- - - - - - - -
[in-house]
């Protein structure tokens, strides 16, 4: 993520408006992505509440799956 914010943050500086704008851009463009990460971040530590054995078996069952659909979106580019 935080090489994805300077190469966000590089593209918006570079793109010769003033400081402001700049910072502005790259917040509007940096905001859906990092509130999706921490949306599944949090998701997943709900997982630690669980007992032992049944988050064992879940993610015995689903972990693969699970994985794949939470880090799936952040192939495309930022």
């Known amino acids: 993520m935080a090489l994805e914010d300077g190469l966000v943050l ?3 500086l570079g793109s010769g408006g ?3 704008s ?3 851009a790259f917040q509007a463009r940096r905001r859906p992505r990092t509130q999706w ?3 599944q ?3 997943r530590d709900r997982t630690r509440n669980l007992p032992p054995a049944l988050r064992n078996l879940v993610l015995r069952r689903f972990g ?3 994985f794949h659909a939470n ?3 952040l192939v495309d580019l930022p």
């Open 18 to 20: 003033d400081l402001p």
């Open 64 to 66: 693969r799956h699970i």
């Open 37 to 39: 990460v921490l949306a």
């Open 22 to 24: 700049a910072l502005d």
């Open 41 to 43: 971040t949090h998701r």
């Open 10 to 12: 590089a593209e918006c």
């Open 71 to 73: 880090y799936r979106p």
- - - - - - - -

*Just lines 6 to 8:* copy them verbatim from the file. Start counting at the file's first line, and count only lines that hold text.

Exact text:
């Open 37 to 39: 990460v921490l949306a």
């Open 22 to 24: 700049a910072l502005d």
């Open 41 to 43: 971040t949090h998701r």